I guess it doesn't take a genius "to clarify the matter". What so much more do you know, Vladimir, neither to respect an academic authority nor to heed a minimum etiquette in polemics? I was well aware of the existence of that kind of self-hating nazi-loving persons around Germanic topics, but I didn't expect to meet them here.

                    Ualarauans


                    еЗПТПЧ чМБДЙНЙТ <vegorov@...> wrote: Hi Ualarauans!

                    Long citations from Vasmer are hardly a best filling for the correspondence, especially if they do not clarify the matter. A lot of water has run away in Volga and Volkhov since Vasmer's times. No doubt, we know much more than Vasmer regarding the first millennium AD. I'd like to obtain some new evidences on the Germanic past of modern Northwest Russia and East Baltic region, if anybody has them.

                    Vladimir

                    P.S. Yes, same von Braun. Nazi? Maybe, but I gather not more than, for example, his Soviet colleague Korolyov was a communist. Both were first of all gifted engineers ready to tune themselves up in order to have possibility to busy with the favorite work.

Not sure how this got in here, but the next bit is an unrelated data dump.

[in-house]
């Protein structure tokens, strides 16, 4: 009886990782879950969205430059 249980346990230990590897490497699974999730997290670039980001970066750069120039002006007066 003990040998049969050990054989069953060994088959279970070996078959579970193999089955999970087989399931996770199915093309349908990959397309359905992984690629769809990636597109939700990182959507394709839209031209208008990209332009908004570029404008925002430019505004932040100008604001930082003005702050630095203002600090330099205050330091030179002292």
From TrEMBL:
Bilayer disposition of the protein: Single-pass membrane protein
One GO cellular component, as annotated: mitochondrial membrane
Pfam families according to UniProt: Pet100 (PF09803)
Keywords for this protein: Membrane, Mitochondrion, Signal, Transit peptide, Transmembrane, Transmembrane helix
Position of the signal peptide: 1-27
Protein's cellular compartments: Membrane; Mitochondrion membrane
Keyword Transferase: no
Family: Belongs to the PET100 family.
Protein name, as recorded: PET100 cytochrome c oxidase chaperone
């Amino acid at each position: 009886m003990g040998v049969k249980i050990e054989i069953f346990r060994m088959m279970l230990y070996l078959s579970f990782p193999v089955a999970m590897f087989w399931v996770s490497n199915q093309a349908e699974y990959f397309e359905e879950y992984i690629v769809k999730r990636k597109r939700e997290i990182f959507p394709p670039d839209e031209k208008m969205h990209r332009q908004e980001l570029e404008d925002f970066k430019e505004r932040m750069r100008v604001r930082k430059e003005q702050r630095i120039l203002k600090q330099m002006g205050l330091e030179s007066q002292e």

-----Original Message-----
                    From: gothic-l@yahoogroups.com [mailto:gothic-l@yahoogroups.com]On
                    Behalf Of Guenther Ramm
                    Sent: Wednesday, May 24, 2006 3:53 PM
                    To: gothic-l@yahoogroups.com
                    Subject: RE: [gothic-l] Re: Aiwropais Ahvos jah Thiudos


                    Hi Vladimir!

                    As a fulfillment of my own prophecy to provide some etymologic reference on that controversial matter about chud'...
                    You seem to mistrust your colleagues at the Academy of Sciences, so I'll confine myself with Max Vasmer. He's not Russian and therefore maybe less likely to participate with that scientists' conspiracy you told of :) His Russisches Etymologisches WГrterbuch was published in 1950-1958 in Heidelberg and re-edited in 1986-1987 by Moscow "Progress" publishing house. He asserts as well (vol. 4, p. 378) that _chud'_ is a name of the Old Finns once populating regions of Pskov, Novgorod, Archangelsk and Olonets, and that the primordial meaning of the word is usually held to be "Germanen" with its origin brought back to Gothic thiuda.